The Pentecost dome mosaic’s golden surface, in the eleventh-century monastery church of Hosios Loukas in Phokis, crowns the actual liturgical space before the apse, in front of the altar. Peter and Paul face each other at the east, across a gap; behind them the Apostles sit in a circling row, speaking to one another in pairs. The axial division, aligned with the Virgin in the apse holding the divine Child, draws attention to her. This architectural arrangement of the imagery unites the sacramental and human aspects of the salvation that the Pentecost miracle enabled the Apostles to preach (Acts 2:14ff).
Above each Apostle’s halo a ray containing a flame descends from a representation of the Trinity in heaven’s blue disk at the centre of the dome. The dove of the Spirit, facing Mary, perches over the Word, in the form of a golden book, on the throne of the Father. The individual red tongues, like candle flames, hover upright as if sliding down the tapered rays.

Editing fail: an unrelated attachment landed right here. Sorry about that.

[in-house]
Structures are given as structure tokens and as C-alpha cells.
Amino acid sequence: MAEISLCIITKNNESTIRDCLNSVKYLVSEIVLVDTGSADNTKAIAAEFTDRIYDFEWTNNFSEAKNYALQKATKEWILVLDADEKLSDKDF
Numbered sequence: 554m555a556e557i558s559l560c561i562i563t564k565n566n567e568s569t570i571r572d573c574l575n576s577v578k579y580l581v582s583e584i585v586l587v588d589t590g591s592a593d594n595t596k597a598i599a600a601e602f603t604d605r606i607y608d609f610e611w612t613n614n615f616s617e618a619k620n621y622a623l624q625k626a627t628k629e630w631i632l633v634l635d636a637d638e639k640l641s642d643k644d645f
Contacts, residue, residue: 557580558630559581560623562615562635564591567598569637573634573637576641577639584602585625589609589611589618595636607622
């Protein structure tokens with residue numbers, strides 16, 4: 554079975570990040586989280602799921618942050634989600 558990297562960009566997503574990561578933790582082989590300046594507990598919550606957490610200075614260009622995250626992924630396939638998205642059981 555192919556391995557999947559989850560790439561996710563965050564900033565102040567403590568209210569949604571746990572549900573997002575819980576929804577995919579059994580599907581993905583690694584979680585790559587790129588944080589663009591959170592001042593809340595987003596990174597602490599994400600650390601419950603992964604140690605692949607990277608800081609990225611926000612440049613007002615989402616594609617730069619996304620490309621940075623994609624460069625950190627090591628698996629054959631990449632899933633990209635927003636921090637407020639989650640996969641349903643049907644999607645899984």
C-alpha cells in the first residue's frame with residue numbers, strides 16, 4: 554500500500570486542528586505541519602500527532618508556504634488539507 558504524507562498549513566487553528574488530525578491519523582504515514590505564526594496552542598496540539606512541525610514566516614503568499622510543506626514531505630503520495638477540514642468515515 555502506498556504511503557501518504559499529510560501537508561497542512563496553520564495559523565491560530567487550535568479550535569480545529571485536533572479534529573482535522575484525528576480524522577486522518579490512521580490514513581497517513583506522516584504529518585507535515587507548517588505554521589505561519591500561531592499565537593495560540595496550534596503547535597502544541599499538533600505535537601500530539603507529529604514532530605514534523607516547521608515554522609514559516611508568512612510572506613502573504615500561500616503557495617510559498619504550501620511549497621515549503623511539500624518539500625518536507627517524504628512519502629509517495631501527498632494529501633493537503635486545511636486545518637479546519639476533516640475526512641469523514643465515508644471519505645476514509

Although the Apostles are un-named, and without distinguishing attributes apart from the bound volumes or scrolls representing the Word they would spread, their depictions follow portrait types already established in Byzantium.
Paul’s presence expands the subject here to the authoritative teaching of the faith, beyond a historical event isolated in time; he was not yet a follower of Christ at the time of the Pentecostal gathering described in Acts 3. Yet he would become paired with Peter as an apostolic leader; Paul’s letters to widespread Christian communities explain the need for them to join in proclaiming the faith as God’s word speaking through his people.
There is also a reminder, in the centring of the throne between Peter and Paul, of the orthodoxy established by the Ecumenical Councils. In Byzantine depictions the council delegates sit on either side of the Patriarchal throne in a curved group, just like the Apostles seated at Pentecost.